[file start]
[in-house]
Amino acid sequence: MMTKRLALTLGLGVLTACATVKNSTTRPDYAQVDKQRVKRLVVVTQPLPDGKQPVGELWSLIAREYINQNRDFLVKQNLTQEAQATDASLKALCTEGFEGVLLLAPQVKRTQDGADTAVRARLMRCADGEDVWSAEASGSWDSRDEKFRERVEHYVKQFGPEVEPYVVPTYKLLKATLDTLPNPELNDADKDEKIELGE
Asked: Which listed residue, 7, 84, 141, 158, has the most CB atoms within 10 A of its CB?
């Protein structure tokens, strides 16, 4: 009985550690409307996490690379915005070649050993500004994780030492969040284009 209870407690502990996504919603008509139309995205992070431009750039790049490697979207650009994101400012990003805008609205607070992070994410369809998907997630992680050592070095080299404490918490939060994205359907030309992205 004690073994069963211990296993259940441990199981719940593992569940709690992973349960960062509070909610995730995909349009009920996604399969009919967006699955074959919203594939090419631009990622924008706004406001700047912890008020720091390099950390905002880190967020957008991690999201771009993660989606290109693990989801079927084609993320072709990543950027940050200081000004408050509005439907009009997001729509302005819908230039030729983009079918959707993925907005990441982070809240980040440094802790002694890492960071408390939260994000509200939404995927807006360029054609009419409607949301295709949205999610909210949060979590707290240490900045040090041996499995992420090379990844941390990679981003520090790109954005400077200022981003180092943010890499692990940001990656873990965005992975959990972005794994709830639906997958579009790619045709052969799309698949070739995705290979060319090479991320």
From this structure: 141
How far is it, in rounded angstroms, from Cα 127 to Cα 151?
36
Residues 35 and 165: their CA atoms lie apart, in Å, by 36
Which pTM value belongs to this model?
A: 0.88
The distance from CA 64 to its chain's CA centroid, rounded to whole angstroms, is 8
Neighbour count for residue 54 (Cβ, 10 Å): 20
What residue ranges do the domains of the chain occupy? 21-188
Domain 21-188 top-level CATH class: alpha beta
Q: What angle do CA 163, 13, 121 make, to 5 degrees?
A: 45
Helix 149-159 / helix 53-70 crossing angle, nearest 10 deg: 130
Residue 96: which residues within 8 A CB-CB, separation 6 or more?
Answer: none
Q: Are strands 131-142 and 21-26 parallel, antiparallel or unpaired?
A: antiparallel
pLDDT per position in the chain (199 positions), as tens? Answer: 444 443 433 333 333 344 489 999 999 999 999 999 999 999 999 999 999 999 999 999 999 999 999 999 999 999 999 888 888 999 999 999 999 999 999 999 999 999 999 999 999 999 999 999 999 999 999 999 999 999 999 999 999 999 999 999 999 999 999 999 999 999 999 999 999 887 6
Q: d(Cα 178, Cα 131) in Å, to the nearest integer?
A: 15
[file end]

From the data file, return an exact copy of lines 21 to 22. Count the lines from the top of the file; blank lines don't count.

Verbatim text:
A: antiparallel
pLDDT per position in the chain (199 positions), as tens? Answer: 444 443 433 333 333 344 489 999 999 999 999 999 999 999 999 999 999 999 999 999 999 999 999 999 999 999 999 888 888 999 999 999 999 999 999 999 999 999 999 999 999 999 999 999 999 999 999 999 999 999 999 999 999 999 999 999 999 999 999 999 999 999 999 999 999 887 6